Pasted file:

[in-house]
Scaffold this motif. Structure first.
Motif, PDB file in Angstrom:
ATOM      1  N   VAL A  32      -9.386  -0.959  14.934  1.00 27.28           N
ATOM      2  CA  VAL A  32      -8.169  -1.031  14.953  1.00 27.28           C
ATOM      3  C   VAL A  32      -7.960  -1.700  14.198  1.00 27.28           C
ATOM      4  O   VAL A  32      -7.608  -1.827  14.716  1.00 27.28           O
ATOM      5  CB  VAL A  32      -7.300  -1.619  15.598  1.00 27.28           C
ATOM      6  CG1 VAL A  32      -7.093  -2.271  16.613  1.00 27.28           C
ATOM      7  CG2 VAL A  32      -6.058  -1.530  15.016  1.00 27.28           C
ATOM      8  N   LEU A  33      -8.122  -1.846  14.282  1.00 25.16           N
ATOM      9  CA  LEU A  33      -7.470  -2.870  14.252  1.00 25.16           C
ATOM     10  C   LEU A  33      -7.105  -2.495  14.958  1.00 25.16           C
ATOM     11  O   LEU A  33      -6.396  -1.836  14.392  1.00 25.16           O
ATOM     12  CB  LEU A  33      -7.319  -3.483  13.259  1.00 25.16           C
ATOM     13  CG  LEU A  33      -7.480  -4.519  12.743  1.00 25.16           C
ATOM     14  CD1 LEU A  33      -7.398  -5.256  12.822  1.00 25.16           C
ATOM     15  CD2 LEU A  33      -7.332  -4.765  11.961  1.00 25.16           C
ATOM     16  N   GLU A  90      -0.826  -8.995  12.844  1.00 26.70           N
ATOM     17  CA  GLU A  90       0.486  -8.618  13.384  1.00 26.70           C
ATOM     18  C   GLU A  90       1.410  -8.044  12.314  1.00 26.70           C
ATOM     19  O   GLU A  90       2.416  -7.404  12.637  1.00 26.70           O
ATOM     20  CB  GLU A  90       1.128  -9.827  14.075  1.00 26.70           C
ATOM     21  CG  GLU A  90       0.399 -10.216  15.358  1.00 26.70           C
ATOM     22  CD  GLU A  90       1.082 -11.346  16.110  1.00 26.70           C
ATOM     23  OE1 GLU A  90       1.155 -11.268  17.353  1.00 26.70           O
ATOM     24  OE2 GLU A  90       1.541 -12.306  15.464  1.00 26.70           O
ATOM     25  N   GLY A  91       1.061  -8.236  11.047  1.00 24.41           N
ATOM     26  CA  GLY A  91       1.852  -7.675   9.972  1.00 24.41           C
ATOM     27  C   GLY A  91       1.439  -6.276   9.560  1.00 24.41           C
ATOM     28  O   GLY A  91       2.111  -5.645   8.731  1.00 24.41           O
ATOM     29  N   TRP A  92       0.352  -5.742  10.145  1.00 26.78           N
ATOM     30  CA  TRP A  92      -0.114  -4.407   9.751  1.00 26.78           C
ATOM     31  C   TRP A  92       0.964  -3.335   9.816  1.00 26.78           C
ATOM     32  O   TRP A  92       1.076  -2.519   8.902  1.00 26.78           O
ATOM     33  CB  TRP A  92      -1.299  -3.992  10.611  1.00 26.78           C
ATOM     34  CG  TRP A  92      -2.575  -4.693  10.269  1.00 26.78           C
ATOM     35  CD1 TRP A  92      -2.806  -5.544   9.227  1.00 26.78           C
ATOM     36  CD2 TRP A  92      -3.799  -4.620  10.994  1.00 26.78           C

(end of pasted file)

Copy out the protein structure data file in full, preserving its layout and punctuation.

[in-house]
Scaffold this motif. Structure first.
Motif, PDB file in Angstrom:
ATOM      1  N   VAL A  32      -9.386  -0.959  14.934  1.00 27.28           N
ATOM      2  CA  VAL A  32      -8.169  -1.031  14.953  1.00 27.28           C
ATOM      3  C   VAL A  32      -7.960  -1.700  14.198  1.00 27.28           C
ATOM      4  O   VAL A  32      -7.608  -1.827  14.716  1.00 27.28           O
ATOM      5  CB  VAL A  32      -7.300  -1.619  15.598  1.00 27.28           C
ATOM      6  CG1 VAL A  32      -7.093  -2.271  16.613  1.00 27.28           C
ATOM      7  CG2 VAL A  32      -6.058  -1.530  15.016  1.00 27.28           C
ATOM      8  N   LEU A  33      -8.122  -1.846  14.282  1.00 25.16           N
ATOM      9  CA  LEU A  33      -7.470  -2.870  14.252  1.00 25.16           C
ATOM     10  C   LEU A  33      -7.105  -2.495  14.958  1.00 25.16           C
ATOM     11  O   LEU A  33      -6.396  -1.836  14.392  1.00 25.16           O
ATOM     12  CB  LEU A  33      -7.319  -3.483  13.259  1.00 25.16           C
ATOM     13  CG  LEU A  33      -7.480  -4.519  12.743  1.00 25.16           C
ATOM     14  CD1 LEU A  33      -7.398  -5.256  12.822  1.00 25.16           C
ATOM     15  CD2 LEU A  33      -7.332  -4.765  11.961  1.00 25.16           C
ATOM     16  N   GLU A  90      -0.826  -8.995  12.844  1.00 26.70           N
ATOM     17  CA  GLU A  90       0.486  -8.618  13.384  1.00 26.70           C
ATOM     18  C   GLU A  90       1.410  -8.044  12.314  1.00 26.70           C
ATOM     19  O   GLU A  90       2.416  -7.404  12.637  1.00 26.70           O
ATOM     20  CB  GLU A  90       1.128  -9.827  14.075  1.00 26.70           C
ATOM     21  CG  GLU A  90       0.399 -10.216  15.358  1.00 26.70           C
ATOM     22  CD  GLU A  90       1.082 -11.346  16.110  1.00 26.70           C
ATOM     23  OE1 GLU A  90       1.155 -11.268  17.353  1.00 26.70           O
ATOM     24  OE2 GLU A  90       1.541 -12.306  15.464  1.00 26.70           O
ATOM     25  N   GLY A  91       1.061  -8.236  11.047  1.00 24.41           N
ATOM     26  CA  GLY A  91       1.852  -7.675   9.972  1.00 24.41           C
ATOM     27  C   GLY A  91       1.439  -6.276   9.560  1.00 24.41           C
ATOM     28  O   GLY A  91       2.111  -5.645   8.731  1.00 24.41           O
ATOM     29  N   TRP A  92       0.352  -5.742  10.145  1.00 26.78           N
ATOM     30  CA  TRP A  92      -0.114  -4.407   9.751  1.00 26.78           C
ATOM     31  C   TRP A  92       0.964  -3.335   9.816  1.00 26.78           C
ATOM     32  O   TRP A  92       1.076  -2.519   8.902  1.00 26.78           O
ATOM     33  CB  TRP A  92      -1.299  -3.992  10.611  1.00 26.78           C
ATOM     34  CG  TRP A  92      -2.575  -4.693  10.269  1.00 26.78           C
ATOM     35  CD1 TRP A  92      -2.806  -5.544   9.227  1.00 26.78           C
ATOM     36  CD2 TRP A  92      -3.799  -4.620  10.994  1.00 26.78           C